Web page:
The report also revealed that several youths who were interviewed said domestic violence and corporal punishment occurred within their families.
Pelenatita "Tita" Olosoni, 18, told us she wished more parents would visit the schools to see what's really going on.
"Parents think school out here is easier than back on the islands," Olosoni said. "It would be helpful if they took time off from work to see what kids are going through every day."
According to Mesui, parents need to be trained in how to support their children, particularly if they attend underperforming schools.
"I know all of the parents want their kids to succeed, but unfortunately, older siblings are asked to take care of the younger ones, and this doesn't prepare them with good habits that will make them successful in school," Mesui, who is Hawaiian, said.
Olosoni said she and other Pacific Islander students have had to stay home and miss weeks of school to take care of their younger siblings and cousins.
Christopher Pulu, a 15-year-old freshman at Oakland High whose father is a landscaper, said, "That's what the majority of our fathers do." Most Pacific Islanders in the US are laborers, and 32 percent live below the national poverty level, according to 2000 US census data.
"They always need an extra hand," Olosoni told us. "So the boys will drop school and see it as an easy way to make money and work with their dads."
"Big-boned and heavy-handed"
Like many minority groups, Pacific Islanders suffer from stereotypes. The prevalent minority myth that all Asians (though most Pacific Islanders do not consider themselves Asian) do well in school actually hurts groups like Pacific Islanders, Cambodians, and Hmong, according to Andrew Barlow, a sociology professor at UC Berkeley and Diablo Valley College.
"Most people say we're big-boned and heavy-handed," Olosoni said. "When Tongans get in trouble, the whole Tongan crew gets in trouble."
Olosoni remembers the day she, her sister, and three friends were called into the principal's office after a lunchtime fight at Castlemont High School in East Oakland. The security guard called another guard on his walkie-talkie and said, "Gather all the Tongans in the office," Olosoni recalls.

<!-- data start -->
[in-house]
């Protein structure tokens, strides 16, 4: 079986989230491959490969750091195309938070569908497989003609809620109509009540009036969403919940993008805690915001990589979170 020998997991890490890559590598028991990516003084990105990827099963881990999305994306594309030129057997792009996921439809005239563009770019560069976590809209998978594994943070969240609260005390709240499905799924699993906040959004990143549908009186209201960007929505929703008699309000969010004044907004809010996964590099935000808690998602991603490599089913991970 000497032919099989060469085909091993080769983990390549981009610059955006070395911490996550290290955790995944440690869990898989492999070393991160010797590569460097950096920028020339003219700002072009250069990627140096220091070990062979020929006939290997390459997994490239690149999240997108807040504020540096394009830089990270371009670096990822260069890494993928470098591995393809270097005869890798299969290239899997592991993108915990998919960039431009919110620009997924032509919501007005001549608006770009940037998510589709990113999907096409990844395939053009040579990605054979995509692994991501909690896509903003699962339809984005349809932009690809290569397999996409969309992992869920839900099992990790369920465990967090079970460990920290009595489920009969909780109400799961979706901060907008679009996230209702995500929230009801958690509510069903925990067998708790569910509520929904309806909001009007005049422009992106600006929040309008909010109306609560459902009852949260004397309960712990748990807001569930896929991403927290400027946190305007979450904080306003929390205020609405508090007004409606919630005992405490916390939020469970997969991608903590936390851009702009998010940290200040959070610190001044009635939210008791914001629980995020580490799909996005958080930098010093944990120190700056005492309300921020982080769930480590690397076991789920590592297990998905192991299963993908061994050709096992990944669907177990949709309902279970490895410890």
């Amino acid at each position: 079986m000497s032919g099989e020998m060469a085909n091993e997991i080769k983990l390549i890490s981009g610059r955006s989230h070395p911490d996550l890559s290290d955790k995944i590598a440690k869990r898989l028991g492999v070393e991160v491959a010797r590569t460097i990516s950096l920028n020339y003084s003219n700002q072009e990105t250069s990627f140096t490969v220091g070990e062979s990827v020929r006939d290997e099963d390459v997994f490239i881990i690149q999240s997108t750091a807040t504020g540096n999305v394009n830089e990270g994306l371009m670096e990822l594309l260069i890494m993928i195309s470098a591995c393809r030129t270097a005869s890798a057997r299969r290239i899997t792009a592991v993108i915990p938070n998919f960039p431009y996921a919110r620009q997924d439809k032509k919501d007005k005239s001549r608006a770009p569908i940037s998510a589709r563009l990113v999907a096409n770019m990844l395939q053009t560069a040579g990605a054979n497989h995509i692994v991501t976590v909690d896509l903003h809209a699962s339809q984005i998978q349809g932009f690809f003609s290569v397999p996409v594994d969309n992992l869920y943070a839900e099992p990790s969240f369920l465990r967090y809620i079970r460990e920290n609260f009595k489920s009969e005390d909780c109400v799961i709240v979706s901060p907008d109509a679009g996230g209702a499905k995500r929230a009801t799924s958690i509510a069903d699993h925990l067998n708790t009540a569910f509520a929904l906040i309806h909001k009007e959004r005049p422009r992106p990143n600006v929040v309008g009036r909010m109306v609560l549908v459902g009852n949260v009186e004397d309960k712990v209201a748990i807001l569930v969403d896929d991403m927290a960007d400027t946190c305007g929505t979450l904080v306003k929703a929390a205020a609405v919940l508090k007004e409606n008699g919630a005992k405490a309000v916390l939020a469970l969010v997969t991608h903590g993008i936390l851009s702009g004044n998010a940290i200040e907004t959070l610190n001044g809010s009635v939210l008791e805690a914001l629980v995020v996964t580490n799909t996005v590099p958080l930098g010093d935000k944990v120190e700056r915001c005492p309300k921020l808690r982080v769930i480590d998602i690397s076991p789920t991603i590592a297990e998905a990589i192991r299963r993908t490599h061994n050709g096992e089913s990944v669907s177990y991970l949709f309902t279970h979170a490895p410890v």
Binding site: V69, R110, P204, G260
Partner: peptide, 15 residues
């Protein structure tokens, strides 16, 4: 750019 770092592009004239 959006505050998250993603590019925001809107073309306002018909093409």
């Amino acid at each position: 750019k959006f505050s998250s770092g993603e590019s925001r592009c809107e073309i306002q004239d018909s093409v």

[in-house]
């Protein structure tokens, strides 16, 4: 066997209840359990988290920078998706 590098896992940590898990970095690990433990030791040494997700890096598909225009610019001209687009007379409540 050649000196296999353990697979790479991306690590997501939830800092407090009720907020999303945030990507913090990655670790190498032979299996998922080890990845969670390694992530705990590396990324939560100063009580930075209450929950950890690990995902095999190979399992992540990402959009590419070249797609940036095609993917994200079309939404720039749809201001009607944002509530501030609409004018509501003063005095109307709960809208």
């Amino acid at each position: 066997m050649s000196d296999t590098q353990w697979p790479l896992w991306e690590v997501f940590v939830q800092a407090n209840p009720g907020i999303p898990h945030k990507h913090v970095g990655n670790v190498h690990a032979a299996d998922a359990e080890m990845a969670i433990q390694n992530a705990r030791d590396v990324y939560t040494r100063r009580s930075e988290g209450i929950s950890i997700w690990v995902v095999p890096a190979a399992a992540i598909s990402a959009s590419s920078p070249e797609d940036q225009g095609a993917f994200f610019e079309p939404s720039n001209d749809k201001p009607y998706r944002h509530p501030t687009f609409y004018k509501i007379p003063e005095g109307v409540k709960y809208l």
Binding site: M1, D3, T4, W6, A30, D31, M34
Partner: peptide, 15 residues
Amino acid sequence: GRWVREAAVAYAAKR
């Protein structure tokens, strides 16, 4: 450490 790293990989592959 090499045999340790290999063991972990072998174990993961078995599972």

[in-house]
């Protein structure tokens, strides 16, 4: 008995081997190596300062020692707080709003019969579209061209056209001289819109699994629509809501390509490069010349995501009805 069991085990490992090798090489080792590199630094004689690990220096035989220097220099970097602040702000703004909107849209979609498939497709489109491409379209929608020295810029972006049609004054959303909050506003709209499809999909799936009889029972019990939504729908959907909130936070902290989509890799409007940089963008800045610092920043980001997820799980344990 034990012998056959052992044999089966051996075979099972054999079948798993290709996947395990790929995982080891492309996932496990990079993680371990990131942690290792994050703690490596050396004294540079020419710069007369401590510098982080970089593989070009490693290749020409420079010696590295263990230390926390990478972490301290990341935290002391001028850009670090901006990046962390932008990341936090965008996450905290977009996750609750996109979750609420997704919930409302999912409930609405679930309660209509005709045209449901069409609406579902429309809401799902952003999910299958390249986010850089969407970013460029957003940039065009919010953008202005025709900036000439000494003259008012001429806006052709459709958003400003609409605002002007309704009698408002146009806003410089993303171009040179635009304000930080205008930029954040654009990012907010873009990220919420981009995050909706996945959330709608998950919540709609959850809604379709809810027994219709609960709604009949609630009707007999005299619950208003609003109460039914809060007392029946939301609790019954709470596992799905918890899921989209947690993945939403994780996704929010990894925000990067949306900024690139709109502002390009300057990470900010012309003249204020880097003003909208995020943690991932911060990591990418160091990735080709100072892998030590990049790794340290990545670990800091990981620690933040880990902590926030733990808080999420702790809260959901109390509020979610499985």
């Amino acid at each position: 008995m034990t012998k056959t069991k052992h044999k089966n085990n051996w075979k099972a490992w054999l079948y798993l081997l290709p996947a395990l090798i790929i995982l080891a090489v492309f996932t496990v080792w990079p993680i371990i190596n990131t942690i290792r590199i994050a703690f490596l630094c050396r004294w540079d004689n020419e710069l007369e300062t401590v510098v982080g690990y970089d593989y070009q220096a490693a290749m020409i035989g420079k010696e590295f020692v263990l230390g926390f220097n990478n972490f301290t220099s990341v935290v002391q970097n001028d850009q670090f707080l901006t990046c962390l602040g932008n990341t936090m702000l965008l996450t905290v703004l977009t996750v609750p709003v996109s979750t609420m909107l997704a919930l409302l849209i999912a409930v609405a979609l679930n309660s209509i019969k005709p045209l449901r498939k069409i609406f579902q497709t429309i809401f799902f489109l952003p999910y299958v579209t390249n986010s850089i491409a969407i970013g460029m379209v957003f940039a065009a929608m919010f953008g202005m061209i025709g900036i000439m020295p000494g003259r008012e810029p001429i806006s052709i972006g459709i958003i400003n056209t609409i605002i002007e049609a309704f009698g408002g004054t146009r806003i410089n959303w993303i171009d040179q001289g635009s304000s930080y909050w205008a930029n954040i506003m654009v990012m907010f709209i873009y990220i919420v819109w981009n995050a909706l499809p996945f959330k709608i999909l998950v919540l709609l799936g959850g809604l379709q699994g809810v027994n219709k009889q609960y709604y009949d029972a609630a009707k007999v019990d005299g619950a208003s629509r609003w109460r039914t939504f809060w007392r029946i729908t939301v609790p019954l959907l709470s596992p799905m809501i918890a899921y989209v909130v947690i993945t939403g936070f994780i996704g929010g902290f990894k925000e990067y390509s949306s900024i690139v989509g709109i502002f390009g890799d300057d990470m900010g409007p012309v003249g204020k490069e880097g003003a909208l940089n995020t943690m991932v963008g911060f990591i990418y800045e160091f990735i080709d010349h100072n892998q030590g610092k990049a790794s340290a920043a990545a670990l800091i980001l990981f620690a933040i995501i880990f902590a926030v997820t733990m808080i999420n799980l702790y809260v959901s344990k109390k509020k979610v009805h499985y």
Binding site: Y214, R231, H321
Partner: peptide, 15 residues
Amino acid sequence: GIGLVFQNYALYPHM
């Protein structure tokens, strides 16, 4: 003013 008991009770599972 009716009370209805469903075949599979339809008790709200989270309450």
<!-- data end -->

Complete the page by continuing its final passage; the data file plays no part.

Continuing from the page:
"I was like, 'No, they didn't go there,'" she told us. "It was just the five of us involved in the fight, but they called in all the Tongans." After the fight, the five Polynesian girls were given a one-week suspension.
Because Pacific Islander youths only make up 1.2 percent of a district's population, they are usually a small but visible group within each school. While security guards may not be able to call "all Latinos" to the office, for example, they can do so with a smaller population like Tongans, Barlow said. He said that being so easily targeted increases solidarity within the community but may also lead to insularity and even more stereotyping.
"When people are denied opportunities and when they're treated unequally, the way they're going to deal with that is increasing reliance on their community and increasing ethnic solidarity," he said.
Barlow, who teaches courses on race and ethnicity, told us stereotypes are just a part of the problem. Larger systemic issues such as the economy, access to jobs, and educational role models are just as crucial.
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